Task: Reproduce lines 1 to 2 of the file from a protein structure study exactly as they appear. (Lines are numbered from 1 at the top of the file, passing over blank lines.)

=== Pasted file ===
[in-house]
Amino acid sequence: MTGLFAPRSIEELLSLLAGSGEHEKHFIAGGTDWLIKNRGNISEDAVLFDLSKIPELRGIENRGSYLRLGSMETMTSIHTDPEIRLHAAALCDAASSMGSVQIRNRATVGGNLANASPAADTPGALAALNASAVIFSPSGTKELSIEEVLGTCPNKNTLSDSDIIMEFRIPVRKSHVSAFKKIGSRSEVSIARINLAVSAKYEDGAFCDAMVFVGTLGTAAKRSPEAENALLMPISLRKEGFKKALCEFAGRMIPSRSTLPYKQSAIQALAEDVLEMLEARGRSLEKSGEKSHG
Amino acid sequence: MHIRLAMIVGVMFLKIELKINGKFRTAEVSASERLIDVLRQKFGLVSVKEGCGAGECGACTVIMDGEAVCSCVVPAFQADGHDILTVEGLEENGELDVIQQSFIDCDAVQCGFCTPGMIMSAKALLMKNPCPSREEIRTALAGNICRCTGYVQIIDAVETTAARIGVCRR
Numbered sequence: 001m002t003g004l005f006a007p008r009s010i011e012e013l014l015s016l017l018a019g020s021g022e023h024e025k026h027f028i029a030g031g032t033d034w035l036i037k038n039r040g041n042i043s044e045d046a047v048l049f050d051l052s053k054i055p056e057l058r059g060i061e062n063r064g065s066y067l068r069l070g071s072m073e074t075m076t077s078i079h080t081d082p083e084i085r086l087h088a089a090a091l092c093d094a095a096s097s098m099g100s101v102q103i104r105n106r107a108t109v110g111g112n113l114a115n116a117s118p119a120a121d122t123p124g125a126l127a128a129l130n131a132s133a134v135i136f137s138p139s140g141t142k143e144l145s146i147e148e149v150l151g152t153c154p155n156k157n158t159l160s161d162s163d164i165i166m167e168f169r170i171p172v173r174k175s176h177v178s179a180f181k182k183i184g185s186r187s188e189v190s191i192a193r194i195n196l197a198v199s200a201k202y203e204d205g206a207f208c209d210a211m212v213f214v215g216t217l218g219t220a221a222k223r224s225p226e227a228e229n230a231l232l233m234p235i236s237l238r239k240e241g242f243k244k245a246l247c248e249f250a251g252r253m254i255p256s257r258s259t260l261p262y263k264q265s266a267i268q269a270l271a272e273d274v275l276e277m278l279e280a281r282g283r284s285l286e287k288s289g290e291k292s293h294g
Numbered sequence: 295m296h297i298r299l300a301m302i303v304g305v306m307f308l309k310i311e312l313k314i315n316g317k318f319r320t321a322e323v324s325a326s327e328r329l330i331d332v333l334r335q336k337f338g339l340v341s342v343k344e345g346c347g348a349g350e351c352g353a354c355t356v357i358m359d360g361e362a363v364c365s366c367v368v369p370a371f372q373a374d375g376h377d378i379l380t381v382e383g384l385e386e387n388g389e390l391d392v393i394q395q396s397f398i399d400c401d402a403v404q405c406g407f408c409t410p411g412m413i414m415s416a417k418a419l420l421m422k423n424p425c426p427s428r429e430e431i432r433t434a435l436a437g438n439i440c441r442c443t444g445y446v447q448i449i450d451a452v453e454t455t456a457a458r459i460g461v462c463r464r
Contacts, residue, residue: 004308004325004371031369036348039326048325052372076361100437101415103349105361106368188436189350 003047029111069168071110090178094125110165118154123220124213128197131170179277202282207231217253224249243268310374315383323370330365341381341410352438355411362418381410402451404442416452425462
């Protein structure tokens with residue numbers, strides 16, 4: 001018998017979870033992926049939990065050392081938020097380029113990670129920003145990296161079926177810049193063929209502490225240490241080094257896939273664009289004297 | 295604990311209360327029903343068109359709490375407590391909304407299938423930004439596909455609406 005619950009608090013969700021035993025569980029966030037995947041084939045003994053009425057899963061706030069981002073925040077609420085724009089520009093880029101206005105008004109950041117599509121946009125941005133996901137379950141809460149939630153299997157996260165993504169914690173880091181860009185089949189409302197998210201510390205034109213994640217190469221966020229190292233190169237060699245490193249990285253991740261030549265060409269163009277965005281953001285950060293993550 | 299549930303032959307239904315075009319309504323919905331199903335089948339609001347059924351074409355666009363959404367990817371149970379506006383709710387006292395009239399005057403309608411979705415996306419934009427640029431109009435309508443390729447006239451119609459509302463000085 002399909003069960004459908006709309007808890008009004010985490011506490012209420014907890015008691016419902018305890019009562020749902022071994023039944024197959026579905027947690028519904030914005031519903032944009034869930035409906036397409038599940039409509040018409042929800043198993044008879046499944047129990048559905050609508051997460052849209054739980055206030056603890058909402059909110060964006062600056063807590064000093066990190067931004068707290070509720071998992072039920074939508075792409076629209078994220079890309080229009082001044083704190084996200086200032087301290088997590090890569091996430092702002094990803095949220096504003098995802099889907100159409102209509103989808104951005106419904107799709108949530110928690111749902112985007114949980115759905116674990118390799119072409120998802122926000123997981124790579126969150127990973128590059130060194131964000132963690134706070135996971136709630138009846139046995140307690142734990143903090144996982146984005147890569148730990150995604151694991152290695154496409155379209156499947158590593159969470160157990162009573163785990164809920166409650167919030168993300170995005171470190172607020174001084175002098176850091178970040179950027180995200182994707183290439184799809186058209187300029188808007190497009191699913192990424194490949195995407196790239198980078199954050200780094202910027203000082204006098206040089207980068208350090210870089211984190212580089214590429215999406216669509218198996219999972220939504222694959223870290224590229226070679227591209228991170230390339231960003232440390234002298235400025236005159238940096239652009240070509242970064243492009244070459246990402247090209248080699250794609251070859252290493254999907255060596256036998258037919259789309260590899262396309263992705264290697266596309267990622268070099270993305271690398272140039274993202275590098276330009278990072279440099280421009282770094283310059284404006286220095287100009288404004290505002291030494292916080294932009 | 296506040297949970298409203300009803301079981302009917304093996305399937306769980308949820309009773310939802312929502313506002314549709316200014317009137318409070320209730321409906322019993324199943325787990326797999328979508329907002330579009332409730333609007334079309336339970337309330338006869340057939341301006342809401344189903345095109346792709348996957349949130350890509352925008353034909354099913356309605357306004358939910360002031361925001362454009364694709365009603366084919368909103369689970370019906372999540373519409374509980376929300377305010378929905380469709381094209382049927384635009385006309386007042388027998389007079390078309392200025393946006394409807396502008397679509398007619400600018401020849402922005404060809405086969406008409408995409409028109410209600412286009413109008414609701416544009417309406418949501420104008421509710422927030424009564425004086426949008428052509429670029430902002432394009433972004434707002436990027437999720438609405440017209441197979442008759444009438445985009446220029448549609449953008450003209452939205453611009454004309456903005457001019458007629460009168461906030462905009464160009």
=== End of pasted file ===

[in-house]
Amino acid sequence: MTGLFAPRSIEELLSLLAGSGEHEKHFIAGGTDWLIKNRGNISEDAVLFDLSKIPELRGIENRGSYLRLGSMETMTSIHTDPEIRLHAAALCDAASSMGSVQIRNRATVGGNLANASPAADTPGALAALNASAVIFSPSGTKELSIEEVLGTCPNKNTLSDSDIIMEFRIPVRKSHVSAFKKIGSRSEVSIARINLAVSAKYEDGAFCDAMVFVGTLGTAAKRSPEAENALLMPISLRKEGFKKALCEFAGRMIPSRSTLPYKQSAIQALAEDVLEMLEARGRSLEKSGEKSHG